Britain, Ireland step in to end Northern Ireland stalemate
LONDON, United Kingdom – Britain and Ireland said Sunday, March 5, they would dispatch envoys to help resolve a stalemate in Northern Ireland after elections in the British province last week that failed to end divisions.
Political parties in Northern Ireland started a 3-week countdown on Saturday, March 4, to form a power-sharing executive following Thursday's (March 2) election.
The vote was sparked by divisions between the Democratic Unionist Party (DUP), which wants Northern Ireland to remain in the United Kingdom, and Sinn Fein, which wants it to be reunited with the rest of Ireland.
British Prime Minister Theresa May and her Irish counterpart Enda Kenny spoke by phone on Sunday and agreed Britain's Northern Ireland Minister James Brokenshire and Irish Foreign Minister Charlie Flanagan will hold talks with the parties on Wednesday, March 8.
"They discussed their shared commitment to work with the parties to move forward and create a stable administration which ensures a strong, peaceful and prosperous Northern Ireland," a spokesman for May said.
The British and Irish premiers will hold further talks on the fate of Northern Ireland's semi-autonomous assembly at an EU summit on Thursday, March 9, he added.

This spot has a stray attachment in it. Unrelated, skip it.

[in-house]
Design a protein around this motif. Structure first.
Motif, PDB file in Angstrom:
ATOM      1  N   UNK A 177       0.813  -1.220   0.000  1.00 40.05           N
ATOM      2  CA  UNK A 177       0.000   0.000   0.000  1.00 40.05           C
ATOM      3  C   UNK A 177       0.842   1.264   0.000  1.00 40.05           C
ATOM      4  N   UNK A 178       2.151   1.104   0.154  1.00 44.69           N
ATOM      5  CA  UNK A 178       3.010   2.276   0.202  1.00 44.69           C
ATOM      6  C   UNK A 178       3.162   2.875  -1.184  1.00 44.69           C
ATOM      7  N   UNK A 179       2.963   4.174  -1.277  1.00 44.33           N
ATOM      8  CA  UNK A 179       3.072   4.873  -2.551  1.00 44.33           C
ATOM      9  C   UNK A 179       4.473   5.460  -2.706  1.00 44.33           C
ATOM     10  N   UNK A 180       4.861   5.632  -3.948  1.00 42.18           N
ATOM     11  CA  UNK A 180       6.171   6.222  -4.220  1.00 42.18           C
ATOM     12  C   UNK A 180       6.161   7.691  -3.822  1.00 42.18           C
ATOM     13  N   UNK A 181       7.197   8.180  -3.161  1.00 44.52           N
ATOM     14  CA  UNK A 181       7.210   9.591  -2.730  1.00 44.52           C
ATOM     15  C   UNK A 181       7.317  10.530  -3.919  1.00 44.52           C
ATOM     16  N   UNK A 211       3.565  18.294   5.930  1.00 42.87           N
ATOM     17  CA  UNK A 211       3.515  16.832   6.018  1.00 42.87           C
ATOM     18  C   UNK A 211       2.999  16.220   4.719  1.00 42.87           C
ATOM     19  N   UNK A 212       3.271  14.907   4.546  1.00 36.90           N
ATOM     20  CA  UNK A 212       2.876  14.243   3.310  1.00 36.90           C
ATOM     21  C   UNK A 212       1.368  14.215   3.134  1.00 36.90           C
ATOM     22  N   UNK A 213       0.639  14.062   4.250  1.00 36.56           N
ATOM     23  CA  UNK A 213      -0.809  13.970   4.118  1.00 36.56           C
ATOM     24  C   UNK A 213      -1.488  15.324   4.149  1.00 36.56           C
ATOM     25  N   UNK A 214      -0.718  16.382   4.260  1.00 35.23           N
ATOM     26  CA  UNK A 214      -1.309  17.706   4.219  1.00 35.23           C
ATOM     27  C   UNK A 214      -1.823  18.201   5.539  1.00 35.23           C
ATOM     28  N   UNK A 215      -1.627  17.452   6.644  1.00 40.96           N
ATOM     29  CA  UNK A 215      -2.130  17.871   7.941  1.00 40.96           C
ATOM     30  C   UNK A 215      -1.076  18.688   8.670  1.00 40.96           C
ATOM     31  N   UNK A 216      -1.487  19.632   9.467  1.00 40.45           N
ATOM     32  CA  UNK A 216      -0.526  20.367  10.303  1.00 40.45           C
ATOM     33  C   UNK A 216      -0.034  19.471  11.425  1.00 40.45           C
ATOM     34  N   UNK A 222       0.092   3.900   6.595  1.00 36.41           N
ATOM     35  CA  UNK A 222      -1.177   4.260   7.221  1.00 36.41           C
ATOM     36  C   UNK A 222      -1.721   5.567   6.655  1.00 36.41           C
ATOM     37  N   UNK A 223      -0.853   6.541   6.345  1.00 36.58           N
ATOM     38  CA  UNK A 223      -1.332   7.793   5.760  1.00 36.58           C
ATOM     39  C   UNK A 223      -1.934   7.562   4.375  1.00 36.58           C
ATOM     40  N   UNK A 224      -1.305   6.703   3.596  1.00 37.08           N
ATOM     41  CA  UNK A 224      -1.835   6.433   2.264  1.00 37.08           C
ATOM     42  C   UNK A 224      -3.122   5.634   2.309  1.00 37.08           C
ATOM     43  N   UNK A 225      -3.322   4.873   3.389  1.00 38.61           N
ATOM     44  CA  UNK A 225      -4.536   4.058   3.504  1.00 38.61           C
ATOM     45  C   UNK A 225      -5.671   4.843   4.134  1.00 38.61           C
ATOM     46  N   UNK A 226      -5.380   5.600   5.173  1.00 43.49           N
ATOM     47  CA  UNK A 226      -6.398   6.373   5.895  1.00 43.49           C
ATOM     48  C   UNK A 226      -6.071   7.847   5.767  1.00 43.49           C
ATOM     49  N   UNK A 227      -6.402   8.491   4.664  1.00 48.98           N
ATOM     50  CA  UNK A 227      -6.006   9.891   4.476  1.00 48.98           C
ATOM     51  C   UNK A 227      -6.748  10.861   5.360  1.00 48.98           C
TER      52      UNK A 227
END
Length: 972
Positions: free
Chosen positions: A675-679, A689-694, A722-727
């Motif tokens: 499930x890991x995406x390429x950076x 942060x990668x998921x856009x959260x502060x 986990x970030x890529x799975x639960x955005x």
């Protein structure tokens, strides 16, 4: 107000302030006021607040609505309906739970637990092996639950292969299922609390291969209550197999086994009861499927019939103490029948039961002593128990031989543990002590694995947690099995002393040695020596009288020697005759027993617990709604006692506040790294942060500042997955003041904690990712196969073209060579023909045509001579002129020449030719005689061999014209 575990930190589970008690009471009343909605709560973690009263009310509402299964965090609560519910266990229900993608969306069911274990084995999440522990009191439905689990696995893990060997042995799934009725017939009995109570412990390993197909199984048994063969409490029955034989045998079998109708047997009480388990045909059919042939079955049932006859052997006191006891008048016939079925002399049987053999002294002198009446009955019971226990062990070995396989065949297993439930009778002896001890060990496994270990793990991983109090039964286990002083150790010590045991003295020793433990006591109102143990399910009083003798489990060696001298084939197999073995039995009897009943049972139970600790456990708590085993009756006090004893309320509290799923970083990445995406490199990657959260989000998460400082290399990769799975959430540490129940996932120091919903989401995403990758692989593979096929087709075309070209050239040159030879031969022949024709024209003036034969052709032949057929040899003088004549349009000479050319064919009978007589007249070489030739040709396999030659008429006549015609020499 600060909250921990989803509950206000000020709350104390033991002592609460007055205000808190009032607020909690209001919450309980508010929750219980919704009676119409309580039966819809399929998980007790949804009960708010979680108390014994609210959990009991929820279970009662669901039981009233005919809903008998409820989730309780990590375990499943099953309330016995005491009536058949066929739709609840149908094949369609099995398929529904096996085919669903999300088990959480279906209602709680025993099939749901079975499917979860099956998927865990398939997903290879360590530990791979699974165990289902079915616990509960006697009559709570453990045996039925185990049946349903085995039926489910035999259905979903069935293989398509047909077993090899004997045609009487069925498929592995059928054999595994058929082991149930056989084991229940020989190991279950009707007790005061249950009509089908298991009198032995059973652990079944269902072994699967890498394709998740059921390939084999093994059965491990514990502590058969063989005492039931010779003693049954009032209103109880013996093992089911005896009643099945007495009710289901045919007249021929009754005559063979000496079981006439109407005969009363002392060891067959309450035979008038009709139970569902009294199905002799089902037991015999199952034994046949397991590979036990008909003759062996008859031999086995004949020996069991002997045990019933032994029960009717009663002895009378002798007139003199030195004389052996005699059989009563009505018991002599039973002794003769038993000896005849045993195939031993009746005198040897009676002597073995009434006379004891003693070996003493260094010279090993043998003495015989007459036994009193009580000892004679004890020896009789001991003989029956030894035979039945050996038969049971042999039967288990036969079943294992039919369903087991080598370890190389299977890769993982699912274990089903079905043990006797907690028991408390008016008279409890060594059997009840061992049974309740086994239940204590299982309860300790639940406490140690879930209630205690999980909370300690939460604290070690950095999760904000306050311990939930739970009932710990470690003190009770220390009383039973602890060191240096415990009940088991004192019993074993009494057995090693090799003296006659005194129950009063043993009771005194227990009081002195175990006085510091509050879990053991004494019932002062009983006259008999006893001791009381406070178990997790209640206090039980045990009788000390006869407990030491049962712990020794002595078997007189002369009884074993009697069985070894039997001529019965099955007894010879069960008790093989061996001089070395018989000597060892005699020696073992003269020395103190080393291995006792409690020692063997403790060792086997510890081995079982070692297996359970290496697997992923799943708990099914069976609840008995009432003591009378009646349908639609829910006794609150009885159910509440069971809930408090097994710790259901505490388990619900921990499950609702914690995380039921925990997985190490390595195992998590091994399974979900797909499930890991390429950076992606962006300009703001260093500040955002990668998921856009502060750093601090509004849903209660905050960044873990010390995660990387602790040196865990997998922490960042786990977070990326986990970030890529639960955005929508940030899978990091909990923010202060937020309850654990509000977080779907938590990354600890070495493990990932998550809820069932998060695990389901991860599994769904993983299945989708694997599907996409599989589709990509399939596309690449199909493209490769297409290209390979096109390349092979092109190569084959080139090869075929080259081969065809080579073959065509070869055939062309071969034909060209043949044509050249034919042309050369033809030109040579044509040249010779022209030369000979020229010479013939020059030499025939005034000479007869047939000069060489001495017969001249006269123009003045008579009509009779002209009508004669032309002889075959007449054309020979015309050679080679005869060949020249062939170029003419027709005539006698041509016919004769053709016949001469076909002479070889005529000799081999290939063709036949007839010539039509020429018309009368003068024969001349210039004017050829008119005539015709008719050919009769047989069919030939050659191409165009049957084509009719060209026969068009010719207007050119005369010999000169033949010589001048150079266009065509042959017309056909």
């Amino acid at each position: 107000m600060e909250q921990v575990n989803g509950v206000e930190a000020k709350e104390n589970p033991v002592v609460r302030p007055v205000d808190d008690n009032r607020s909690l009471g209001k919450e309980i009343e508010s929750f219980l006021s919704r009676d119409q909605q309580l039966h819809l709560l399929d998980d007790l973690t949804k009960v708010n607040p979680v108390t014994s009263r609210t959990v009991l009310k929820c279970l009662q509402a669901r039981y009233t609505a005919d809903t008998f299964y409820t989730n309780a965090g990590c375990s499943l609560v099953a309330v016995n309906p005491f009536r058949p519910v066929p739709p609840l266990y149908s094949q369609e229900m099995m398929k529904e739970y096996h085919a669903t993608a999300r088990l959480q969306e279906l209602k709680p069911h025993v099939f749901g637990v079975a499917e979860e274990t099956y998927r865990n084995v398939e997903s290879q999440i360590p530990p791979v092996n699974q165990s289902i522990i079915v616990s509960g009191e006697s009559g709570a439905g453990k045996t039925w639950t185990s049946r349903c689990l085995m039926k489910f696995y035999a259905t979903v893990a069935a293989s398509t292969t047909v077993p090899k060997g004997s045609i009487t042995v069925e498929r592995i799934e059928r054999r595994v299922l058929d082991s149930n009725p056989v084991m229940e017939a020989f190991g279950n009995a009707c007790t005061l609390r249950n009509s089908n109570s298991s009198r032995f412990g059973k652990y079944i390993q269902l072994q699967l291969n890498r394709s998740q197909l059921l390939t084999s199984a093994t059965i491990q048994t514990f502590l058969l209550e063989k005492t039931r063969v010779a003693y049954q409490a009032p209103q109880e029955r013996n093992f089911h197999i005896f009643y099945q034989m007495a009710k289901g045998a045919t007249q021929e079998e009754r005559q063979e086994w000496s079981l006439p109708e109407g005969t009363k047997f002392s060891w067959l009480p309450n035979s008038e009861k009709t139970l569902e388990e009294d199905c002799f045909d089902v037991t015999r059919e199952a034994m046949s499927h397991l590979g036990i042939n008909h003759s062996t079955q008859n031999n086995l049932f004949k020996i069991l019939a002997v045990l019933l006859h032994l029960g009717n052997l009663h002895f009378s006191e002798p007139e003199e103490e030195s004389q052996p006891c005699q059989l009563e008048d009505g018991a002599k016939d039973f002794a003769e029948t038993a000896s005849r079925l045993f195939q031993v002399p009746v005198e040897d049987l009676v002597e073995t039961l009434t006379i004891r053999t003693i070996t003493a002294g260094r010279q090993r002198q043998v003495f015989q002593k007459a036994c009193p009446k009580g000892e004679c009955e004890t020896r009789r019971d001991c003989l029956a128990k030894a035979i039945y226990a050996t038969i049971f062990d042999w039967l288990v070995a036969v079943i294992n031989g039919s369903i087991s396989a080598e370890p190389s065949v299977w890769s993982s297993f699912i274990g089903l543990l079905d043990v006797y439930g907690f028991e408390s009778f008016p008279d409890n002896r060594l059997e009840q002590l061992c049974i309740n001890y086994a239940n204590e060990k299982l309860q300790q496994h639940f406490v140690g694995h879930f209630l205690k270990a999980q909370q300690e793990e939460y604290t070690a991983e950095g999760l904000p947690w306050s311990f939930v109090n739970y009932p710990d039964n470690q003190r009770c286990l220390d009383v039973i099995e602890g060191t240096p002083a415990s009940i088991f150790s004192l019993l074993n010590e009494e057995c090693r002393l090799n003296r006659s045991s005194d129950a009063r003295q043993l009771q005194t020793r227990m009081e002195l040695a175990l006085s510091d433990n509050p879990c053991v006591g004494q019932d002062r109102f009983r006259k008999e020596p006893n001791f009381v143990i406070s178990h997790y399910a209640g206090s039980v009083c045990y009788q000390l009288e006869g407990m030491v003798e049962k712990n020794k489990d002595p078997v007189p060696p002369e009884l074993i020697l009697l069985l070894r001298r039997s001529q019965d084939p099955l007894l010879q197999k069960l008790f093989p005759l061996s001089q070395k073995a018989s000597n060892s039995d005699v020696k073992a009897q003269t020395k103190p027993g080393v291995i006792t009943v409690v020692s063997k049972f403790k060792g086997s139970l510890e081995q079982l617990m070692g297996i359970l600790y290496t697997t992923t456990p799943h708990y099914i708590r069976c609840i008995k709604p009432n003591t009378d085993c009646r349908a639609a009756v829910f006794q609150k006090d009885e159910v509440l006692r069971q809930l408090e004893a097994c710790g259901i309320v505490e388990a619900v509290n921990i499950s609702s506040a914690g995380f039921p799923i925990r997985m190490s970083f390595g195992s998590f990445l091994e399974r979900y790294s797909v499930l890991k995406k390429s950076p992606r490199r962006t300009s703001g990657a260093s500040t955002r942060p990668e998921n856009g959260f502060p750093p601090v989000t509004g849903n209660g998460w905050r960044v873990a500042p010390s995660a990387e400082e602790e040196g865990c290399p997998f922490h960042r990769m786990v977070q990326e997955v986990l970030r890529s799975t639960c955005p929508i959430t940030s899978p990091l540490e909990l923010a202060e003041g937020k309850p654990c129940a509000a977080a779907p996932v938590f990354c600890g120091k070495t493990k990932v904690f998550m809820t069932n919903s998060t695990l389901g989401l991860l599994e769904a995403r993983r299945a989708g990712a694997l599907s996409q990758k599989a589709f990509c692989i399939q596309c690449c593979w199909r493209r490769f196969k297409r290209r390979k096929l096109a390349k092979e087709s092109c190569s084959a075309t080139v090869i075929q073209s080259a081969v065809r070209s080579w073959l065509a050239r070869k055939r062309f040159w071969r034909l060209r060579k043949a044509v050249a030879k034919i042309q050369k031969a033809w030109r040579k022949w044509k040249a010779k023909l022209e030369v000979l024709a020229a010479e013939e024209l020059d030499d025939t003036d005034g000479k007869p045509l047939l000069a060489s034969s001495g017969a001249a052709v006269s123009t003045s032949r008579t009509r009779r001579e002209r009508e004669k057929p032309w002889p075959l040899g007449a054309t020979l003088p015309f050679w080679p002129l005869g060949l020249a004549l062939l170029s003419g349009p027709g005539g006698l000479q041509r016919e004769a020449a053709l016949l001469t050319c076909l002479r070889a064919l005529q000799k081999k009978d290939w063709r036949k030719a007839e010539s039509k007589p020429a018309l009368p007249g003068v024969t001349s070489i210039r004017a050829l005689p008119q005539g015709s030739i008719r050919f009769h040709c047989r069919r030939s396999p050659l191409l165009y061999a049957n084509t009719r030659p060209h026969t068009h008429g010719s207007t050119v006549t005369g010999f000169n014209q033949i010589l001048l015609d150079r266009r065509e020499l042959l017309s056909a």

Dublin said the two leaders will stay in close contact over the political situation, with Kenny's office stressing the aim of "re-establishing a functioning executive as soon as possible".
The election was prompted when Sinn Fein, the Irish republican party, refused to continue working with the pro-British DUP after leader Arlene Foster refused to step aside pending an ongoing investigation into a botched green energy program she had introduced as energy minister.
The DUP won 28 seats in the election while Sinn Fein garnered 27 seats in the 90-seat assembly.
The overall results marking a historic shift as unionist parties lost their absolute majority for the first time since the province's creation in 1921.
The Social Democratic and Labour Party (SDLP), a nationalist party, won 12 seats; the Ulster Unionist Party (UUP) won 10; the cross-community Alliance Party took 8; and others won 5.
Following the election, Brokenshire called for "urgent discussions" to see the devolved parliament get back on track.
"Now that assembly members have been elected, there is a limited window in which the assembly and executive can be restored," he said.
Sinn Fein has so far refused to back down on its demand for Foster to step down.
If the political deadlock cannot be resolved within three weeks, the assembly could be suspended and governance of the province transferred to London. – Rappler.com